The Blogosphere Reacts to Judge Peck’s Ruling on Predictive Coding

shutterstock_59886838I wrote here last week about Judge Andrew J. Peck’s groundbreaking opinion in Da Silva Moore v. Publicis Groupe — the first judicial opinion to expressly approve the use of computer-assisted review and predictive coding. Not surprisingly given the import of the ruling, I was far from alone in writing about it. Ever since writing that post, I’ve been meaning to write a follow-up, planning to wrap up reactions from elsewhere in the blogosphere.

Now, thanks to Chris Dale, I’ve been saved the effort. At his E-Disclosure Information Project, he pulls together and summarizes commentary on the ruling from a variety of bloggers and journalists (kindly including our post among them). “Between them, these articles cover the ground as it stands at the moment and, incidentally, give you all the quotations you could want from an Opinion which is rich in them,” Chris writes. “There are other articles, but I have picked those which identify particular points worth emphasising.”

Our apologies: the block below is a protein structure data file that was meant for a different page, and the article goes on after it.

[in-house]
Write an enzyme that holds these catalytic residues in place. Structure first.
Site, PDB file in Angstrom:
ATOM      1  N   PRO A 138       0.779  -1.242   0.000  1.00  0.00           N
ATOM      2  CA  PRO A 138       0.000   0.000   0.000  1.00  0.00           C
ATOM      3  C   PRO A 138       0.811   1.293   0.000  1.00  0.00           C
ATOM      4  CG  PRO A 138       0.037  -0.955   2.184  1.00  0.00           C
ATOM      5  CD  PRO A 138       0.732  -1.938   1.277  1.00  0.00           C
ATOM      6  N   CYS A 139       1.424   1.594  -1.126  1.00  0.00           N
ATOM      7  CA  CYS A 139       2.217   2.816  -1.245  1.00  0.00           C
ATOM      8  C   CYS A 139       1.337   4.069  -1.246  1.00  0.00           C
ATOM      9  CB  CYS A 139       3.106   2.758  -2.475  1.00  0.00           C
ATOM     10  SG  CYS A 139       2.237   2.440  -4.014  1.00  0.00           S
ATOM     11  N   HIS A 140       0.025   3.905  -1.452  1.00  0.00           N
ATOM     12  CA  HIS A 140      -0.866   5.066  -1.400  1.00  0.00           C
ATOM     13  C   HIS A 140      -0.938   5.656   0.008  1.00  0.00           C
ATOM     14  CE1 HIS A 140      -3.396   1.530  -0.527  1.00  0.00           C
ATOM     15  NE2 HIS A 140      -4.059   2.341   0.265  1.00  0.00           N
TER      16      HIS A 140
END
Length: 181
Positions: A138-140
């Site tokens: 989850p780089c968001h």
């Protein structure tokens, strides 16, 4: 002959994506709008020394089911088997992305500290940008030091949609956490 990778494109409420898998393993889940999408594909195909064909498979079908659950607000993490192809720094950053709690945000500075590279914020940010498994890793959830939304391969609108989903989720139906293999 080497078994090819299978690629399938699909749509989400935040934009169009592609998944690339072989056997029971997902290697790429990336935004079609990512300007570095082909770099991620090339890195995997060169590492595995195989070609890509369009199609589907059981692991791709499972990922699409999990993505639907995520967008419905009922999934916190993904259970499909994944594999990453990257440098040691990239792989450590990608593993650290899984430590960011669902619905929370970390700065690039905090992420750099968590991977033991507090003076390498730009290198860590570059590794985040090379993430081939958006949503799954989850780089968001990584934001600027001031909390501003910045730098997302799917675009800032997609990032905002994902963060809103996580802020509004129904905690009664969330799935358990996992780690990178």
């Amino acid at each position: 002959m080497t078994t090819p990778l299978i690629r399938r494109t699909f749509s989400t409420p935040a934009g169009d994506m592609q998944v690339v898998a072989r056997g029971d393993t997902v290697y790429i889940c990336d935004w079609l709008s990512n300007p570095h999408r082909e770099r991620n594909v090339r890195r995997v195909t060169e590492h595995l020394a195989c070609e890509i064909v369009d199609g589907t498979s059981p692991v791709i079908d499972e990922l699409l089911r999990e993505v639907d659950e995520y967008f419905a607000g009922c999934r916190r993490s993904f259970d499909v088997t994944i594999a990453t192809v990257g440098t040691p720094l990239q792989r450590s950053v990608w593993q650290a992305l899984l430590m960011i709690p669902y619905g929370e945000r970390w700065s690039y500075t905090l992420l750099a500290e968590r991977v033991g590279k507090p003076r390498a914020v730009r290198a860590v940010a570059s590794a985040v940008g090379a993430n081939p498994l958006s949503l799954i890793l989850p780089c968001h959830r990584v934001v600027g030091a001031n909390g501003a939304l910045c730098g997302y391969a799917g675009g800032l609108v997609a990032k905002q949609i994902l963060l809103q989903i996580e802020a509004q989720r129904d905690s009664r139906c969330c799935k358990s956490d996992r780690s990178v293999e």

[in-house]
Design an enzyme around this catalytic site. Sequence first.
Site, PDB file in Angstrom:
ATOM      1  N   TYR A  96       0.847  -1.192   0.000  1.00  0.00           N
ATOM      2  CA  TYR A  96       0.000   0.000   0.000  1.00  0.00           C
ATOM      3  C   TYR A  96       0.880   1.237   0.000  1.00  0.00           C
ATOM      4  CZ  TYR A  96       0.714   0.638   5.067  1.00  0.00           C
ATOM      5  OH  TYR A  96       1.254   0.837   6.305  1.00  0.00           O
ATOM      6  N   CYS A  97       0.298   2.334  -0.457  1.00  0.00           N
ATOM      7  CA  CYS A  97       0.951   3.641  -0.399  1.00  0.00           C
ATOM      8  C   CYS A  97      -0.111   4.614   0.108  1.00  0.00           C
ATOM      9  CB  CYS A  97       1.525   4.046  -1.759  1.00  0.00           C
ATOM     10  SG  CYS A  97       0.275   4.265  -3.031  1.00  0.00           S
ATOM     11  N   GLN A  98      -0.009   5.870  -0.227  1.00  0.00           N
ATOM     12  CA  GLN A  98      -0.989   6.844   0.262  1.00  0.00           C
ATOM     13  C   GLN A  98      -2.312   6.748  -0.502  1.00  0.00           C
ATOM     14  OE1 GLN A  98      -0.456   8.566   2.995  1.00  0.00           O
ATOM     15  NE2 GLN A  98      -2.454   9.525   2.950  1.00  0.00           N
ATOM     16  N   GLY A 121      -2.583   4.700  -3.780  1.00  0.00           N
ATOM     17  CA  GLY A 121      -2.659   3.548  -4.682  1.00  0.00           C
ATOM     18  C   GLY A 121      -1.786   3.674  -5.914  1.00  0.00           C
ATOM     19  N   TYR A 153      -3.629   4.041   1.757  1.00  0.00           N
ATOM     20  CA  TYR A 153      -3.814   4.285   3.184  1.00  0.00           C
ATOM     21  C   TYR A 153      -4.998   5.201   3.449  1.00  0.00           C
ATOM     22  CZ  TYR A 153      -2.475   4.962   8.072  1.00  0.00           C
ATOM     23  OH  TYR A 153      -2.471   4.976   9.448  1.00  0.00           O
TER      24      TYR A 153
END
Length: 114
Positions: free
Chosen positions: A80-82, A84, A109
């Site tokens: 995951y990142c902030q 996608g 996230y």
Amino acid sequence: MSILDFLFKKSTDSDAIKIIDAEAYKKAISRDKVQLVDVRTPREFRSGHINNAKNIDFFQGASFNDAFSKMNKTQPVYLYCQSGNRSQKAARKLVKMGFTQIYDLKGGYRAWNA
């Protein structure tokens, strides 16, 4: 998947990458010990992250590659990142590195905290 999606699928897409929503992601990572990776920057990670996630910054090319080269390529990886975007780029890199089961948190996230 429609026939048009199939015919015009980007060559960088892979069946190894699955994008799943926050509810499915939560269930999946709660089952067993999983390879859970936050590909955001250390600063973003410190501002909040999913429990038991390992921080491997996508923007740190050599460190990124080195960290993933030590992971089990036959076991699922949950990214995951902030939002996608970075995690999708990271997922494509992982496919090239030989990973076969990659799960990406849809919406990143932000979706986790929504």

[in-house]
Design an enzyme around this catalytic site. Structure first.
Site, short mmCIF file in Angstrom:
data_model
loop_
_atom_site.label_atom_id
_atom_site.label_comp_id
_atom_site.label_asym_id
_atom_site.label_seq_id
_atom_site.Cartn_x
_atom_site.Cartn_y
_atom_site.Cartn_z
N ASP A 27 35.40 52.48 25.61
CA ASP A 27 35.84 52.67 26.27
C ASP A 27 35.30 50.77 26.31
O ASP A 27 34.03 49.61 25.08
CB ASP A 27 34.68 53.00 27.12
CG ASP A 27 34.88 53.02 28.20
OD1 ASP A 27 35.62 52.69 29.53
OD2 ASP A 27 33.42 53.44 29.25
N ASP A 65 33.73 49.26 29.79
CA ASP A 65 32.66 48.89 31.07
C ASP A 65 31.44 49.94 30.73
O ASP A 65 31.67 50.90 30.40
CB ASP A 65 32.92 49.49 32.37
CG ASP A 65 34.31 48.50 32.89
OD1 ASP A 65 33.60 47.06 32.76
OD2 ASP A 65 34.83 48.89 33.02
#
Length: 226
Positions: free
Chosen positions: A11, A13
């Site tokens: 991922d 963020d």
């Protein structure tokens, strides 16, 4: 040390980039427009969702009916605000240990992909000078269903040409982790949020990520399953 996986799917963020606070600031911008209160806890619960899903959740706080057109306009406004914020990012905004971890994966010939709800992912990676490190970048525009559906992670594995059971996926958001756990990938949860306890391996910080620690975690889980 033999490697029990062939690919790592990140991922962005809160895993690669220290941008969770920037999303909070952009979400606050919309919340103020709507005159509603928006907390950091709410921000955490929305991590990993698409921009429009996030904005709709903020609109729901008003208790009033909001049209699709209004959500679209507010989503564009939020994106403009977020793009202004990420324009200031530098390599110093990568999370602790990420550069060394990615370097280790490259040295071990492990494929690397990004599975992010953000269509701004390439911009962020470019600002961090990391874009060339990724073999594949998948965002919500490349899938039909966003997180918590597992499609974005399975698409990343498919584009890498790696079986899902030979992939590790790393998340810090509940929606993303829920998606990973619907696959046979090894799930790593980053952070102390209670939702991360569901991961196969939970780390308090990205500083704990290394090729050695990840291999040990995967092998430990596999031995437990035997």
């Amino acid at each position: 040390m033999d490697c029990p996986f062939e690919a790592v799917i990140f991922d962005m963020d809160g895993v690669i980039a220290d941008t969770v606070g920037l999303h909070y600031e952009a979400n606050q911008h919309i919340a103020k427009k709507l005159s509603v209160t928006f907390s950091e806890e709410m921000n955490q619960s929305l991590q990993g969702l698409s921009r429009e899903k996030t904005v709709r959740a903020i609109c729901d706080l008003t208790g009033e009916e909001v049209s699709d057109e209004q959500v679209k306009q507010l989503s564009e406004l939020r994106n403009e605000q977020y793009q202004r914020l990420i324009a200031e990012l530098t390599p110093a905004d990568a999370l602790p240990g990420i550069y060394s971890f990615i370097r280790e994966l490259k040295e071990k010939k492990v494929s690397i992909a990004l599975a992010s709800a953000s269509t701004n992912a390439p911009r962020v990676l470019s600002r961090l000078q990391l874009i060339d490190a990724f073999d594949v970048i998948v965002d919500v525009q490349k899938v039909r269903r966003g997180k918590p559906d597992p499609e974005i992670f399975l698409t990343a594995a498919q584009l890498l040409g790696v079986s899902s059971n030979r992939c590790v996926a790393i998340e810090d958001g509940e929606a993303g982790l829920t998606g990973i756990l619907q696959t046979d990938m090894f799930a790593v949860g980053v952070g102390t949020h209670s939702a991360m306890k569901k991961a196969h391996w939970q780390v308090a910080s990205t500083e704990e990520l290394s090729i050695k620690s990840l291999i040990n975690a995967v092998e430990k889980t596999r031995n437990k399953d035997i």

Across my own newsfeed have come a handful of other articles and posts about Judge Peck’s decision that are not mentioned in Chris’s post. For those wanting to leave no stone unturned in their study of this milestone ruling, let me suggest the following in addition to the posts cited by Chris:

If you know of other posts on Judge Peck’s decisions that neither Chris nor I have mentioned, please add them in the comments below.

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About Bob Ambrogi

Bob is known internationally for his expertise in the Internet and legal technology. He held the top editorial positions at the two leading national U.S. legal newspapers, the National Law Journal and Lawyers USA. A long-time advisor to Catalyst, Bob now divides his time between law practice and media consulting. He writes two blogs, LawSites and MediaLaw, co-authors Law.com's Legal Blog Watch, and co-hosts the weekly legal-affairs podcast Lawyer2Lawyer. A 1980 graduate of Boston College Law School, Bob is a life member of the Massachusetts Bar Foundation and an active member of the Massachusetts Bar Association, which honored him in 1994 with its President's Award.